Catanese Classic Seafood supports fisheries that demonstrate responsible stewardship of their representative species. We support aquaculture suppliers and wild species fishermen that engage in environmentally sound practices regarding their farming and fishing methods.
Cleveland: Pighead and Perch
Andrew Zimmern makes some unexpected taste discoveries in Cleveland. From beef souse to popcorn shoots grown in the dark to a whole pig head served on a platter, Andrew finds out that Cleveland’s food is full of surprises.
Original Airdate | Monday, December 02, 2013
Watch the excerpt here
By JAY MILLER, Crain’s Cleveland Business
Originally Published: February 18, 2013 4:30 AM Modified: February 19, 2013 4:09 PM
The bustling restaurant trade in Northeast Ohio is prompting a big expansion by the operator of Catanese Classic Seafood in Cleveland’s Flats. The food service distributor to the region’s upscale restaurants is embarking on a $1.3 million project that includes an upgrade of its riverfront fish processing facility and the purchase and renovation of a building across the street from its existing headquarters. A major impetus behind Catanese’s growth is the company’s plan to grow its fish processing business sixfold. The plan also includes growth for ancillary food service supply businesses.
Last year, Catanese began buying the catch of Lake Erie commercial fisheries that would dock at the plant on the Cuyahoga River. Company co-owner and vice president John Catanese said the company processed 100,000 pounds of lake fish this past fishing season, but he expects that figure to grow to 600,000 pounds a year once the expansion is completed.
“We are so fortunate we have such wonderful chefs here (in Northeast Ohio)” Mr. Catanese said. “As they grow, we grow.”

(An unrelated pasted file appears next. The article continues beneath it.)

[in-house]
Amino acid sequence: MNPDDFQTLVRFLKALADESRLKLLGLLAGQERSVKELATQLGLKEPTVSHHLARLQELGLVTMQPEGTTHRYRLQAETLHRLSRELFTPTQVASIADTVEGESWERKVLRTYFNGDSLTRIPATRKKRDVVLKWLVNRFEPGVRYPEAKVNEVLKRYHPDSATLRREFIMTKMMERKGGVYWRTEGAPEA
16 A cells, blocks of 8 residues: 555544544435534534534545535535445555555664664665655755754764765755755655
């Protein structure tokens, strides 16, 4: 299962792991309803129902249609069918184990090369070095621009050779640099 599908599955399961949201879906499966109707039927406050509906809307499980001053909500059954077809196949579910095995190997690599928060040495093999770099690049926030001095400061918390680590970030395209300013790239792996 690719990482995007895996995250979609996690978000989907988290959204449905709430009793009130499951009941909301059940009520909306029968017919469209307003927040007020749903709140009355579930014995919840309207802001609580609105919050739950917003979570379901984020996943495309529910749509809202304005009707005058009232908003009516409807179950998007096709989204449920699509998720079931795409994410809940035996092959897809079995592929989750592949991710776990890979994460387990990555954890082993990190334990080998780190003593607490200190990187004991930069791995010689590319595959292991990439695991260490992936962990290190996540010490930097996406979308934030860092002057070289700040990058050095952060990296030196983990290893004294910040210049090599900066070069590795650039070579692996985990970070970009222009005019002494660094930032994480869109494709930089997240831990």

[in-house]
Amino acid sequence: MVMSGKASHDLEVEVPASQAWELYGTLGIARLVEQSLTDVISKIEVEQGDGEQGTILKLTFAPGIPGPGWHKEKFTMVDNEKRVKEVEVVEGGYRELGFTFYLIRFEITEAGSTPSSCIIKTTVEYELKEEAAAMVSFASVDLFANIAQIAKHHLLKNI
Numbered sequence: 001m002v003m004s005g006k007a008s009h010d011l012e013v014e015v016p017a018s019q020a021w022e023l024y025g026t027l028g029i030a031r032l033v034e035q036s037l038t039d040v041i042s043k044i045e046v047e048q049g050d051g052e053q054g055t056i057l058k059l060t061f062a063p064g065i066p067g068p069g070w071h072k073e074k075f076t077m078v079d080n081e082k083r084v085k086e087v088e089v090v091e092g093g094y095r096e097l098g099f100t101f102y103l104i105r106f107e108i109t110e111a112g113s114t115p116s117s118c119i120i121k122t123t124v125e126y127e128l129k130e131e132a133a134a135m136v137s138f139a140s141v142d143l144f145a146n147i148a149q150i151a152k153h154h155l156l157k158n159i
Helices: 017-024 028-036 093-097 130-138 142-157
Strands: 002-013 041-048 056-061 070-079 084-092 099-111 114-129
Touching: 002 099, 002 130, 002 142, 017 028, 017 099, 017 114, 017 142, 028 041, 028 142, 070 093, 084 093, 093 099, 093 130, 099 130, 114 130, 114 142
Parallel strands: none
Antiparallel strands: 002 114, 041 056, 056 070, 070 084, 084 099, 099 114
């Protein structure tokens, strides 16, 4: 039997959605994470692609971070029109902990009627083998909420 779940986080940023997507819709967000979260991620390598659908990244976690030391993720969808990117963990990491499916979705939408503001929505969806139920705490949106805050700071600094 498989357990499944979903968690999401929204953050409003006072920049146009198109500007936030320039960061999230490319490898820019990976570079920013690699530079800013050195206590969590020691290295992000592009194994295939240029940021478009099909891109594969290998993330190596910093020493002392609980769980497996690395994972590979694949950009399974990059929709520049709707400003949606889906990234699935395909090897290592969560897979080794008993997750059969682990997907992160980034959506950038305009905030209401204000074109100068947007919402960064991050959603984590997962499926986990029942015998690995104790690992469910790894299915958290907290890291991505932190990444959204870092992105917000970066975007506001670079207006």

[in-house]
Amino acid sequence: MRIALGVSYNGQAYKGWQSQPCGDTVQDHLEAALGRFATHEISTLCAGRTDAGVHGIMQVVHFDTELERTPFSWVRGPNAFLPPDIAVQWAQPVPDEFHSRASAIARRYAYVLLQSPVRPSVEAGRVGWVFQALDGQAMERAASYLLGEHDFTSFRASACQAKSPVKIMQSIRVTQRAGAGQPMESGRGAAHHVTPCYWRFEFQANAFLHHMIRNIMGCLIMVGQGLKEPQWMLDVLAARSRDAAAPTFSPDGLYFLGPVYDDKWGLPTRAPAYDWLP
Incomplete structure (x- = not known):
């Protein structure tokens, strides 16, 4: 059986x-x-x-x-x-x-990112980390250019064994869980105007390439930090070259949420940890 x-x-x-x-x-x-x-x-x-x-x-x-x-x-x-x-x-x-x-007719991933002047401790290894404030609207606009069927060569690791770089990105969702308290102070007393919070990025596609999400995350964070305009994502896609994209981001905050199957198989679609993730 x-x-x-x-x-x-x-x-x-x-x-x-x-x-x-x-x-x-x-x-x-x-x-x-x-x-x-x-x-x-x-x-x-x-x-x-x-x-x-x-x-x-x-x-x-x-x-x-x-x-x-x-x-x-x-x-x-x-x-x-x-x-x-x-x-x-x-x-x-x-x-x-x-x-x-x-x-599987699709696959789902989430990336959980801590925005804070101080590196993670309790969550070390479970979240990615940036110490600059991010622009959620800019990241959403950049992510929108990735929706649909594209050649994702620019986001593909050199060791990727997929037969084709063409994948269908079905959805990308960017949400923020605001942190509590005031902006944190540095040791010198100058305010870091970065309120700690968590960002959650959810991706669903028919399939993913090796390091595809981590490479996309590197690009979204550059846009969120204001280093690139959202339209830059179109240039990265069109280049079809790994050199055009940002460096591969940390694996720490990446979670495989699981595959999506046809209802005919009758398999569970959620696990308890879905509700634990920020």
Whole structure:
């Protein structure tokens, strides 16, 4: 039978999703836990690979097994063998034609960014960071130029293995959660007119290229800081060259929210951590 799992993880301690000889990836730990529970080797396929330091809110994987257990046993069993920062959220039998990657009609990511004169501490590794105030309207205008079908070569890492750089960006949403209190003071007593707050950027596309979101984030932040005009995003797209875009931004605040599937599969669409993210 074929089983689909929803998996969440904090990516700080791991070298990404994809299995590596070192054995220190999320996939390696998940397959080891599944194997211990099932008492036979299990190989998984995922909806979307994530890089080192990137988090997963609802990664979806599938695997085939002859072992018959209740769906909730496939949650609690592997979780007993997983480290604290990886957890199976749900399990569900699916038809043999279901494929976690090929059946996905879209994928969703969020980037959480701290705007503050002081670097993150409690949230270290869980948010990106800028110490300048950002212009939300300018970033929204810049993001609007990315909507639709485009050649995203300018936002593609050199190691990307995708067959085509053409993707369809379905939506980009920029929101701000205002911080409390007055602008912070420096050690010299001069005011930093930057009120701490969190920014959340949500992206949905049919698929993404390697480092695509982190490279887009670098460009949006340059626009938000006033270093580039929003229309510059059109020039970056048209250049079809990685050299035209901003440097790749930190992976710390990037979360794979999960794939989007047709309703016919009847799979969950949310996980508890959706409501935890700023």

Marlin Investment Group LLC is co-owned by John Catanese and his brother, James, who is president. In addition to the seafood operation, they run two restaurant-related businesses called Chef Cube and Chef2Chef Foods, which import cheeses, spices, oils and products for bakers. The company also sells many of its products at three stands in the West Side Market — The Cheese Shop, Urban Herbs and Catanese Classic Seafoods.
John Catanese estimated sales for the three businesses totaled about $20 million last year. The expansion includes the purchase and renovation of a building at 1615 Merwin Ave. in the Flats and an expansion of the current headquarters at 1600 Merwin. The new building will house Chef Cube and Chef2Chef Foods.
County property records indicate Marlin Investment paid the Geist Living Trust $155,000 for the building at 1615 Merwin. The brothers opened Catanese Classic Seafood with one other employee in 2004 on Crayton Avenue on Cleveland’s East Side. The business expanded to the Flats in 2008 when the Cataneses acquired the building and assets of bankrupt State Fish Inc. for more than $1.4 million.
Included in the purchase was the 24,000-square-foot building at 1600 Merwin, where a three-story freezer and the fish processing plant are located. That purchase also brought a retail clambake business and a retail shop out front of the wholesaling operation. John Catanese said the company has about 60 employees; the expansion is expected to create 30 jobs.
The brothers have been in the seafood business since their high school days. Their father, Dominick, founded Waterfront Seafoods Inc. in 1982 and the family operated that business for nearly two decades. John Catanese said the brothers sold that business and went into the fish importing business in south Florida before starting the current business in 2004.
While a sixfold increase in processing sounds ambitious, it isn’t overly so. The commercial lake catch is primarily walleye and yellow perch. According to the Lake Erie Committee, a U.S.-Canadian agency comprised of state and provincial fishery managers, the allowable yellow perch catch in Lake Erie in 2012 was 13.6 million pounds, up from 12.6 million pounds in 2011. The walleye allocation, measured in number of fish, grew to 3.5 million in 2012 from 2.9 million in 2011.
The company’s expansion is getting some assistance from local governments. Cuyahoga County is providing a $450,000 loan for the $1.3 million project. According to county documents the loan carries a 2% interest rate and a 15-year term. The city of Cleveland is chipping in a $90,000 loan. The company has pledged to the county that the expansion will create 30 jobs. John Catanese said the growth will continue. He envisions, for example, getting back into the business of importing fish for other distributors.
“I don’t think we’ll ever be finished,” he said. “It’s exciting growing and this industry is a lot of fun.”